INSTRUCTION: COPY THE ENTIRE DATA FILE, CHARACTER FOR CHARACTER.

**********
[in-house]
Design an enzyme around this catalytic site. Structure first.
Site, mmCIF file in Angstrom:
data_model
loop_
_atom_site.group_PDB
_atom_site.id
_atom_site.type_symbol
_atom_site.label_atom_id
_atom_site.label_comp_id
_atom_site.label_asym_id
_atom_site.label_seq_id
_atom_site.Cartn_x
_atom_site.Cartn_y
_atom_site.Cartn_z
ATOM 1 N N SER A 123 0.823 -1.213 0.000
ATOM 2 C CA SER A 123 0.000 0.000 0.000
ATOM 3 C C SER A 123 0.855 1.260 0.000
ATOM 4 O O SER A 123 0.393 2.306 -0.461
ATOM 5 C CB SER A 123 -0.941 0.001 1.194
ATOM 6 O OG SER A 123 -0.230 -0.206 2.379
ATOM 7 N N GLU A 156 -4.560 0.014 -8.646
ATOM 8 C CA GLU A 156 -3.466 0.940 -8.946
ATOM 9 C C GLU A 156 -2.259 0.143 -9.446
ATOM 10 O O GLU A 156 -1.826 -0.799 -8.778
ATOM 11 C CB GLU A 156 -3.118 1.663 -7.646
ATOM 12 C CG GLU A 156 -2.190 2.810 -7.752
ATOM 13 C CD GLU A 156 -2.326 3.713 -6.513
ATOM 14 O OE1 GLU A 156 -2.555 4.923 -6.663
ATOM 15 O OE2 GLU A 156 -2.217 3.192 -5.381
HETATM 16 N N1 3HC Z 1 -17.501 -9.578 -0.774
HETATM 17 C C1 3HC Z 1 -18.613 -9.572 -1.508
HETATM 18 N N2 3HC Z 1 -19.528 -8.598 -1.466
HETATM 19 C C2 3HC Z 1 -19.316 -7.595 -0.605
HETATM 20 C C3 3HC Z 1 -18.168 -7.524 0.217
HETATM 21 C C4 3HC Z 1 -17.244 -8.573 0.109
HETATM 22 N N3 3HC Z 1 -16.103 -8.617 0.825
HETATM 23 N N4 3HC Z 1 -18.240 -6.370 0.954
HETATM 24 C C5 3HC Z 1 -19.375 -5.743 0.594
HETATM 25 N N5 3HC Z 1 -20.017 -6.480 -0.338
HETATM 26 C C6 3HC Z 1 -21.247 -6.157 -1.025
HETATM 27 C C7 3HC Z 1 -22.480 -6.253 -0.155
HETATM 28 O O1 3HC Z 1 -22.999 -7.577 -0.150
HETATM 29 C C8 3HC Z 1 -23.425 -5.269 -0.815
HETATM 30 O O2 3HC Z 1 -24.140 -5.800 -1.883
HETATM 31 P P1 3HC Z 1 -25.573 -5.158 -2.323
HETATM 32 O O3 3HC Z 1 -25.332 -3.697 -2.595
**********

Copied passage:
[in-house]
Design an enzyme around this catalytic site. Structure first.
Site, mmCIF file in Angstrom:
data_model
loop_
_atom_site.group_PDB
_atom_site.id
_atom_site.type_symbol
_atom_site.label_atom_id
_atom_site.label_comp_id
_atom_site.label_asym_id
_atom_site.label_seq_id
_atom_site.Cartn_x
_atom_site.Cartn_y
_atom_site.Cartn_z
ATOM 1 N N SER A 123 0.823 -1.213 0.000
ATOM 2 C CA SER A 123 0.000 0.000 0.000
ATOM 3 C C SER A 123 0.855 1.260 0.000
ATOM 4 O O SER A 123 0.393 2.306 -0.461
ATOM 5 C CB SER A 123 -0.941 0.001 1.194
ATOM 6 O OG SER A 123 -0.230 -0.206 2.379
ATOM 7 N N GLU A 156 -4.560 0.014 -8.646
ATOM 8 C CA GLU A 156 -3.466 0.940 -8.946
ATOM 9 C C GLU A 156 -2.259 0.143 -9.446
ATOM 10 O O GLU A 156 -1.826 -0.799 -8.778
ATOM 11 C CB GLU A 156 -3.118 1.663 -7.646
ATOM 12 C CG GLU A 156 -2.190 2.810 -7.752
ATOM 13 C CD GLU A 156 -2.326 3.713 -6.513
ATOM 14 O OE1 GLU A 156 -2.555 4.923 -6.663
ATOM 15 O OE2 GLU A 156 -2.217 3.192 -5.381
HETATM 16 N N1 3HC Z 1 -17.501 -9.578 -0.774
HETATM 17 C C1 3HC Z 1 -18.613 -9.572 -1.508
HETATM 18 N N2 3HC Z 1 -19.528 -8.598 -1.466
HETATM 19 C C2 3HC Z 1 -19.316 -7.595 -0.605
HETATM 20 C C3 3HC Z 1 -18.168 -7.524 0.217
HETATM 21 C C4 3HC Z 1 -17.244 -8.573 0.109
HETATM 22 N N3 3HC Z 1 -16.103 -8.617 0.825
HETATM 23 N N4 3HC Z 1 -18.240 -6.370 0.954
HETATM 24 C C5 3HC Z 1 -19.375 -5.743 0.594
HETATM 25 N N5 3HC Z 1 -20.017 -6.480 -0.338
HETATM 26 C C6 3HC Z 1 -21.247 -6.157 -1.025
HETATM 27 C C7 3HC Z 1 -22.480 -6.253 -0.155
HETATM 28 O O1 3HC Z 1 -22.999 -7.577 -0.150
HETATM 29 C C8 3HC Z 1 -23.425 -5.269 -0.815
HETATM 30 O O2 3HC Z 1 -24.140 -5.800 -1.883
HETATM 31 P P1 3HC Z 1 -25.573 -5.158 -2.323
HETATM 32 O O3 3HC Z 1 -25.332 -3.697 -2.595